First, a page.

We were disaccustomed to your poetic and elusive way of talking, we are stubborn and we go back to our first question, do you believe entropy can be a variable provoked by the ritual carried out by those damn anthropocentric early cultivators?
LT: Sure. Yes. Absolutely. Entropy is the disorder released to a system, and the man, the only animal who inhabits and smashes and redesigns the borders of nature, does nothing else than releasing entropy to the world. Those rock engravings are the only known cave artefact in which, approximately 10-14.000 years ago, for the first time, men pictured a ritual and, by doing so, they represented a gathering, society, feast. Those dancing men show us how conventional is our concept of habitat and society; they challange the definition of nature, they are a living analysis of our idea of progress and future. It is not clear wether an apotropaic ritual is featured or whether those engravings are about some erotic shamanism or they are just a very recent hoax, however, for sure, Addaura caves make us face something we cannot comprehend, some images that are so old that are out of History, without any visual tradition guiding our understanding of them. Any good artwork is kneaded with ambiguity; I do not know if this can be called also entropy, but thinking art as a field in which entropy is cultivated is a captivating idea.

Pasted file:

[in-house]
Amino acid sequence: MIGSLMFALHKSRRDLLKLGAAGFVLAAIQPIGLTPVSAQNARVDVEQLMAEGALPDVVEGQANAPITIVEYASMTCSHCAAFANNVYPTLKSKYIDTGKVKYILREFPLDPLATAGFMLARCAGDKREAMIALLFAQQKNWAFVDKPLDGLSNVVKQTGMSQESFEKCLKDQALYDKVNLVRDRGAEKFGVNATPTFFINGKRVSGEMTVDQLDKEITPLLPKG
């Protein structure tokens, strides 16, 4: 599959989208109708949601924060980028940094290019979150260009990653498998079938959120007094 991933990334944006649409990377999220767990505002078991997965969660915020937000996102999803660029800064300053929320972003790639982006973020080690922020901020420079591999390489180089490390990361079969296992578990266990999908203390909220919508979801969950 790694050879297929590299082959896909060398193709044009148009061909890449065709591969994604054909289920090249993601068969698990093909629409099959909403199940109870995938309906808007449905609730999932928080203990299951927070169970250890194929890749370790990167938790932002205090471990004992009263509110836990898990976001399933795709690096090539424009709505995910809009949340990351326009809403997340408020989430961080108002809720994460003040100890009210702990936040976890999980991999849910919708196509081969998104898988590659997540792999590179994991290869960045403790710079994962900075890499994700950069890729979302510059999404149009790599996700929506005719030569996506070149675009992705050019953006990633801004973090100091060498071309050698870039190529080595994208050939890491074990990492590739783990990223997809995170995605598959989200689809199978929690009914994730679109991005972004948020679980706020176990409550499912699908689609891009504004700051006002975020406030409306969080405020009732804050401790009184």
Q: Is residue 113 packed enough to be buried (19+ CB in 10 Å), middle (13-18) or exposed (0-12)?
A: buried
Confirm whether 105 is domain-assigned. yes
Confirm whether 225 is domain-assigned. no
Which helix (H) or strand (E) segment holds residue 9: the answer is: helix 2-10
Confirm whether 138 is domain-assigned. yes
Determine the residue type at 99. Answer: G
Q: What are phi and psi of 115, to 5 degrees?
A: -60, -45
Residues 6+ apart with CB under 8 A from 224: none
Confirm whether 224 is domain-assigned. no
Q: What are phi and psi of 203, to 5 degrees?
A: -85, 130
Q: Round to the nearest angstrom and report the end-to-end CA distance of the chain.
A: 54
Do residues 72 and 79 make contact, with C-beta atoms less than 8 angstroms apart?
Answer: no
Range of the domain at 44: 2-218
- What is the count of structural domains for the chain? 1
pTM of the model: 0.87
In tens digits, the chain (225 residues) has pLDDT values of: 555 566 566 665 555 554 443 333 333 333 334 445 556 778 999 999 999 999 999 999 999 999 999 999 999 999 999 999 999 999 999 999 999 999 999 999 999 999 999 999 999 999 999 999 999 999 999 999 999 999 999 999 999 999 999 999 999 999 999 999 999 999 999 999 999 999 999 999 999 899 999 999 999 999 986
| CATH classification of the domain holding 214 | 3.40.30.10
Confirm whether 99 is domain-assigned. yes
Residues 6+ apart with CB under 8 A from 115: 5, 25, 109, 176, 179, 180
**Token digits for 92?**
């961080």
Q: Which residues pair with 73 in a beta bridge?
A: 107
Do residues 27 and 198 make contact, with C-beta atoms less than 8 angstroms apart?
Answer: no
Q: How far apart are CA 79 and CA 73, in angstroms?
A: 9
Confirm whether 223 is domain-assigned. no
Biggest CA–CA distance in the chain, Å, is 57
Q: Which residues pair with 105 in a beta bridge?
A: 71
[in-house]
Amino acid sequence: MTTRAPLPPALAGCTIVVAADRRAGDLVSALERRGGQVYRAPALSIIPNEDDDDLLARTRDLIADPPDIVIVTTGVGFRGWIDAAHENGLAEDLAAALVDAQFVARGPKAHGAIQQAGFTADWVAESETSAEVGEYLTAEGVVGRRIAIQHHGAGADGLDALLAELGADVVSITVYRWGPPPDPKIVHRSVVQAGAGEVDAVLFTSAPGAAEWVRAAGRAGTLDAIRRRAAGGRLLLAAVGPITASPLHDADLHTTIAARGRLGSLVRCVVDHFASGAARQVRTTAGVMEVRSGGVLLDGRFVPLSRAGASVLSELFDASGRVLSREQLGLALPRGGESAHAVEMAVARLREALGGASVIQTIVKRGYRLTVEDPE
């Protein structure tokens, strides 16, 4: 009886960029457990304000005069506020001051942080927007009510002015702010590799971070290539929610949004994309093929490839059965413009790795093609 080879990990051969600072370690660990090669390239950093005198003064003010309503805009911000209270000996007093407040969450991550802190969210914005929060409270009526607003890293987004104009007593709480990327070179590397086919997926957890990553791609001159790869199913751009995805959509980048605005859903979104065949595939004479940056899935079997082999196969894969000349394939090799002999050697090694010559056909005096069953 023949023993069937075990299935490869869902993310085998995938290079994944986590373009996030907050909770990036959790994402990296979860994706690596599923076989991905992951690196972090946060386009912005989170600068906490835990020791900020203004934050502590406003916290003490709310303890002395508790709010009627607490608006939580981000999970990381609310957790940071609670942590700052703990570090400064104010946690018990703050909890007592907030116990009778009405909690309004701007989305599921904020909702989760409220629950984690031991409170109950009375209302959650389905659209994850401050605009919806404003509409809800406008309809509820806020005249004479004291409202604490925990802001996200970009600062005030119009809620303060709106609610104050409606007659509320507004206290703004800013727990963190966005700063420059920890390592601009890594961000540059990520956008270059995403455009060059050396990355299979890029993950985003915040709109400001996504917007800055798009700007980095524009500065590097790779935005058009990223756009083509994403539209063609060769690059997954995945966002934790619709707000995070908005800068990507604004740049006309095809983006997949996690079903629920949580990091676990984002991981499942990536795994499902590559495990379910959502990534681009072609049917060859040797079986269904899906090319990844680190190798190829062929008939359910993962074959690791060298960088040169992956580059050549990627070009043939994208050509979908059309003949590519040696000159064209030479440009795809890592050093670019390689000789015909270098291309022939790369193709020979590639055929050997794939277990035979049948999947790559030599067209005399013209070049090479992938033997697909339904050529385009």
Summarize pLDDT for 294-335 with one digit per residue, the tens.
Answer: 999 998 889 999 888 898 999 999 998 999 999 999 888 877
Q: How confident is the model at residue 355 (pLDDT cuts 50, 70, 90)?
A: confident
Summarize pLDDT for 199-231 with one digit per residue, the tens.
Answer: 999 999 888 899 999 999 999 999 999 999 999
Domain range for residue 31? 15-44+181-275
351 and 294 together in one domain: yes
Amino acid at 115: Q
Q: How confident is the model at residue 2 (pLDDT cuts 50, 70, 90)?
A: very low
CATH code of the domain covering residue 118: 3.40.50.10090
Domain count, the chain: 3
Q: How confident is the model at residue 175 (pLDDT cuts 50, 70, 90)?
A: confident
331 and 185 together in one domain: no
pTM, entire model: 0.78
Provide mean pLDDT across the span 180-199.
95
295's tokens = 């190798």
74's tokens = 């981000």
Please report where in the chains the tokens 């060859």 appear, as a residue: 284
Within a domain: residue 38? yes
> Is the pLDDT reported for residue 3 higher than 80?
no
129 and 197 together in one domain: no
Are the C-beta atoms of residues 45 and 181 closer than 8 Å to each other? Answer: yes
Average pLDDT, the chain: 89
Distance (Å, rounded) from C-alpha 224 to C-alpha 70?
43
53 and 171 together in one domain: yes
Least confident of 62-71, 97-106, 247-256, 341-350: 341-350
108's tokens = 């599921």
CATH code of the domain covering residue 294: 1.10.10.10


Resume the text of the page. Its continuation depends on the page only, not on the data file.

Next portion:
Ps: “The little drawings of animals and puppets” of Addaura, to cite the former supervisor Giovanni Mannino, who in The Cave of Addaura, the engraving and the Black Cavern tells about the discovery of the paleolithic graffiti between 1951 and 1952 by a guy called Giovanni Cusimano, who defined himself “treasure hunter and knower of each and every stone of Mount Pellegrino”, represent, because of their exquisite realism, an unicum in the worldwide panorama of cave art.
Going back to Shadow and Grace, Simone Weil wrote: “When the true seems at least as true as the false, there is the triumph of the holiness or of the genius” and also “Future should remain there where it lies and do not stop being future. An absurdity that only eternity can recover”.
Of course, maybe we miss the categories allowing us to comprehend that representation out of history, but the interpretation, no matter if true or false, given that such prejudgments can be applied here, is able to bring prehistory up-to-date too within whichever extraordinary Jurassic Park. On the other hand, you said that potentially, the hermeneutic cyanotype, exquisitely pictorial, that you have realized in order to replicate the cave engraving as if they were postcards, could have been produced by those late Paleolithic people themselves. If we humans managed to get out of the chains, that lock us up in Addaura caves since at least 14000 years, would we become like the gods who do not need to interpret nor to represent any thing?